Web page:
Kyoto TreatyThe Kyoto treaty is heralded as one of the most significant pieces of global legislation in the fight against climate change helping to make the world a greener place. Having an understanding of the larger political movements taking place in the green debate helps contextualise smaller contributions we should be making individually to reduce our carbon footprint. But what are main objectives of the protocol, what are the biggest challenges and what does the future look like for the Kyoto agreement? Here are the main issues around the treaty…

Background to Kyoto

Kyoto came about as a result of much earlier concern over greenhouse gases, CO2 emissions and the climate change. The Earth Summit held in Rio in 1992 brought together 150 different nations to discuss the key issues – and an agreement was reached that nations would reduce emissions by 2000.

Unfortunately the agreement wasn’t binding or set in law, and emissions continued to rise as a whole. This set the stage for nations to come together again, this time to discuss a binding protocol, in Kyoto.

Key Elements of the Kyoto Treaty

Greenhouse gases: Kyoto sets out limits on the emissions of the principle greenhouse gases, including carbon dioxide, methane, nitrous oxide, hydrofluorocarbons, perfluorocarbons and sulphur hexafluoride. Percentage targets have been set for reducing or limiting emissions of these gases for 35 developed countries. These figures are reductions to the levels recorded in 1990 as a universal benchmark. For the UK and EU countries, this figure is a 12.5% reduction by 2012.

Emissions market: The protocol also allows emissions trading among industry in these 35 countries. For example, an industrial plant is given a limit to the emissions they can output in a single year. If they come in under target, they can sell credit to other plants who have exceeded their agreed targets.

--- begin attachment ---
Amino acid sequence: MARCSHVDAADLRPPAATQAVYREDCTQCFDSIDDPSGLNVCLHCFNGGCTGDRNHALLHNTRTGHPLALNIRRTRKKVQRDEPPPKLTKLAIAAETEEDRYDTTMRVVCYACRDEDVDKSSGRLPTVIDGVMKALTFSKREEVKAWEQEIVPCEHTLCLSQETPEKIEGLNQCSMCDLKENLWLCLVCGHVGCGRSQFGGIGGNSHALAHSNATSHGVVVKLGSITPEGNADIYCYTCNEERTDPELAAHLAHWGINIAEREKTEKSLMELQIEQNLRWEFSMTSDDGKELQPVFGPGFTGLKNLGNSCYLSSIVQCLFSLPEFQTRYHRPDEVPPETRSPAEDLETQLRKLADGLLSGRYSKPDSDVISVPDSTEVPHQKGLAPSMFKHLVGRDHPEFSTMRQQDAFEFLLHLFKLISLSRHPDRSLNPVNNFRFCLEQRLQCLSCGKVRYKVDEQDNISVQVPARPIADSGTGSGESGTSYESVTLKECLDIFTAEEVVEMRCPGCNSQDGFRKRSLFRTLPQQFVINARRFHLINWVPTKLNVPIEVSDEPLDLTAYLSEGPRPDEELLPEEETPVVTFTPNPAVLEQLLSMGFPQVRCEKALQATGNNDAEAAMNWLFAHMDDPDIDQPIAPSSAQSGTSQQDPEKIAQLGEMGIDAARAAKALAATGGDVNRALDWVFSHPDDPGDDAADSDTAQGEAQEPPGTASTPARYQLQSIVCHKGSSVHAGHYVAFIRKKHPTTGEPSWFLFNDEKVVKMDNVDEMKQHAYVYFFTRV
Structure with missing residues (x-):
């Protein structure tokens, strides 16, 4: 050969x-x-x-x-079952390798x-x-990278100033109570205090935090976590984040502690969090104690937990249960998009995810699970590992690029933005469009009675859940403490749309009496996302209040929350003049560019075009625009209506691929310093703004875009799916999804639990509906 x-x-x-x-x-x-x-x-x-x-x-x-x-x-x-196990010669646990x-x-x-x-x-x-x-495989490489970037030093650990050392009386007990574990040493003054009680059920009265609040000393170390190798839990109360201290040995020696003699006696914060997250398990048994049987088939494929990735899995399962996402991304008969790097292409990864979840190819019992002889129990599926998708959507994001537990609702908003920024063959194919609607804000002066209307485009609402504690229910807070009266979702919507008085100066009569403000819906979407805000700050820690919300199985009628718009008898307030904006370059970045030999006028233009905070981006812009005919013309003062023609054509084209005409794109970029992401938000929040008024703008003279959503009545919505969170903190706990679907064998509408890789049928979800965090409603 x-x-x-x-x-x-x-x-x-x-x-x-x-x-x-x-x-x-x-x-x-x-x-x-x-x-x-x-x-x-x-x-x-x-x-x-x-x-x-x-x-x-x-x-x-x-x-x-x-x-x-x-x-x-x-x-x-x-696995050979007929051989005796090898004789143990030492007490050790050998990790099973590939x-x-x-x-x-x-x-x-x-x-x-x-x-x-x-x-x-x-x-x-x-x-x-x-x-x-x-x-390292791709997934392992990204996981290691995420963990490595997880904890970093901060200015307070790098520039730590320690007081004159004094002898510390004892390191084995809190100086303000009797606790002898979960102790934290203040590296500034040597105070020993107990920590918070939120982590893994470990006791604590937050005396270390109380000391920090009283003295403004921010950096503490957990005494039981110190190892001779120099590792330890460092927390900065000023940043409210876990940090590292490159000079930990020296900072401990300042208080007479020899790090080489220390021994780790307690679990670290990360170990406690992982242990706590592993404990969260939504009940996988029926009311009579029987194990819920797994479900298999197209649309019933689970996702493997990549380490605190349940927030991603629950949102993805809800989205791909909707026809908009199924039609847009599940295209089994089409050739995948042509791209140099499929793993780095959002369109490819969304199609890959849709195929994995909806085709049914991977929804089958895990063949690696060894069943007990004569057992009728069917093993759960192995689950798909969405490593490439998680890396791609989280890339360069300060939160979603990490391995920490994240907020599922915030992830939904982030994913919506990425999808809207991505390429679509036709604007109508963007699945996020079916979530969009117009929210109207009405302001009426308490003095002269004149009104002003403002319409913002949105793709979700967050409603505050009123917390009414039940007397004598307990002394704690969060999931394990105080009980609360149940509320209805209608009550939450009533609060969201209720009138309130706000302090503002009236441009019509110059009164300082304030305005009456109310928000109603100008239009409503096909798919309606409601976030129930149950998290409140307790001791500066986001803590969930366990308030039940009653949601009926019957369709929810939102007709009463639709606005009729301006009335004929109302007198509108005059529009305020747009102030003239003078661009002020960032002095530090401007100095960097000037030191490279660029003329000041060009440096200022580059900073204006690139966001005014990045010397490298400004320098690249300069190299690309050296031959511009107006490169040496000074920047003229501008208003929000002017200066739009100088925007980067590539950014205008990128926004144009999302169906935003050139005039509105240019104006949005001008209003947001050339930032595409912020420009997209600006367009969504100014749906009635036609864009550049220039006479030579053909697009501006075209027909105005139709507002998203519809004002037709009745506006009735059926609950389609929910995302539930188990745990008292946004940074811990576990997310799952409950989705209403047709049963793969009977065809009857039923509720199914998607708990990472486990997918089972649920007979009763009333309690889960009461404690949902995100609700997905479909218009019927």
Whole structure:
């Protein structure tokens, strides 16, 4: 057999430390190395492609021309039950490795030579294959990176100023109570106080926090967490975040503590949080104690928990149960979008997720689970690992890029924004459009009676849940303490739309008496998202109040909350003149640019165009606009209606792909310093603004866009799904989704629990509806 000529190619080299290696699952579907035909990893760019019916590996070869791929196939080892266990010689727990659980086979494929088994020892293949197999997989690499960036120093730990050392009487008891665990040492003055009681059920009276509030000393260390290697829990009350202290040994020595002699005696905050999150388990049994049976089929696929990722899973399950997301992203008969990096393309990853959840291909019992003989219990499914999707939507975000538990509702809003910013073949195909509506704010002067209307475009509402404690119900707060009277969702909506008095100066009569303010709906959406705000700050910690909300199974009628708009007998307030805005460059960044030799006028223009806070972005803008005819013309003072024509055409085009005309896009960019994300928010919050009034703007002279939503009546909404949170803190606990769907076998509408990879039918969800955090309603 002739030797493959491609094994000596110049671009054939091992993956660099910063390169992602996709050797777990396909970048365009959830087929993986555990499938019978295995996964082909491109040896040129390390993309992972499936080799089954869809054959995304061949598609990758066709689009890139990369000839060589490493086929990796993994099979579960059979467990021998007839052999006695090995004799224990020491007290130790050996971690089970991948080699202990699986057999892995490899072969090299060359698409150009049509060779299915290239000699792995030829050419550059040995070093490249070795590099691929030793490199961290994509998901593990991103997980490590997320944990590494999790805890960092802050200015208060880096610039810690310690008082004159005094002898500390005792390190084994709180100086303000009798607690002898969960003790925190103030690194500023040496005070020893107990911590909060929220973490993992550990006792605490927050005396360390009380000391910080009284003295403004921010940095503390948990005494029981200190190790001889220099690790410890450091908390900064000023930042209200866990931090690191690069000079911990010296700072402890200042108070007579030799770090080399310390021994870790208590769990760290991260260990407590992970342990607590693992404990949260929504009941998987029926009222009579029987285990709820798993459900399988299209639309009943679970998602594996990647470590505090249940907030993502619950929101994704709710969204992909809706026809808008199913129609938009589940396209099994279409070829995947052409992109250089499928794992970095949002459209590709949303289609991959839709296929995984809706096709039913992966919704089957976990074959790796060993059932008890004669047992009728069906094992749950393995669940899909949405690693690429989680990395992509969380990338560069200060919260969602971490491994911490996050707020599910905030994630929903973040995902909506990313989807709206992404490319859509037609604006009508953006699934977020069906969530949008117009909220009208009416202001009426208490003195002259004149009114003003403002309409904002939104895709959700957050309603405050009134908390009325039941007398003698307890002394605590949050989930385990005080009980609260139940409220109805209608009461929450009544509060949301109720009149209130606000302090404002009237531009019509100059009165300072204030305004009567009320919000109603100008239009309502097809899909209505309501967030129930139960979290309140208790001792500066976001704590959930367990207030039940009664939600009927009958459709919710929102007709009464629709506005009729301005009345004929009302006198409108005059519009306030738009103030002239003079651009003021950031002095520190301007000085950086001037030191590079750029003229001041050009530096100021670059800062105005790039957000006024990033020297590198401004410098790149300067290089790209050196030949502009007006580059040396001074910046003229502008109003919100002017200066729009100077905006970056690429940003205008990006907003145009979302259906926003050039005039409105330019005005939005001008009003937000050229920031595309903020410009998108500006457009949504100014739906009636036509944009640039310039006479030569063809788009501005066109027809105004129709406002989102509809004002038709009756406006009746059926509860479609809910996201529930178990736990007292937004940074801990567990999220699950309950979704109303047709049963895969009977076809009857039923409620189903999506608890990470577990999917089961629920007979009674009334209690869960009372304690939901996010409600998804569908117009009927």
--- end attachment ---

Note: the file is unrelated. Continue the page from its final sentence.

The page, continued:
Ethical credits: In a similar way, a nation is also able to earn credits for developing schemes and projects that reduce emissions.

Carbon offsetting: A nation can also offset protocol obligations by arranging projects and schemes in the developing world.

The Controversial Issues

While the vast majority of nations present at the original Kyoto and subsequent Earth Summit meetings acknowledge that climate change is a global threat and measures should be taken to tackle it and agree in principle to the main objectives, only 35 have actually ratified the agreement. This brings into question the whole validity of the protocol. Crucially, the world’s largest carbon emitter, the US, is amongst those who have not ratified the Kyoto Treaty, which means that global emissions aren’t near overall targets.

On a national level, many environmental groups have called for the UK to do more to reduce their carbon output and enshrine their targets into UK law, and not just international legislation. A Climate Change Bill has been introduced as an answer to this.

The Future for Kyoto

So far, with the 2012 targets ever looming, many countries still have some way to go before they meet their agreed targets. One key breakthrough has been the US’s acknowledgement that climate change needs to be tackled urgently. A non-binding agreement was reached in February 2007 at the G8+5 Climate Change Dialogue in Washington, which, it is hoped, will form the follow up treaty to Kyoto.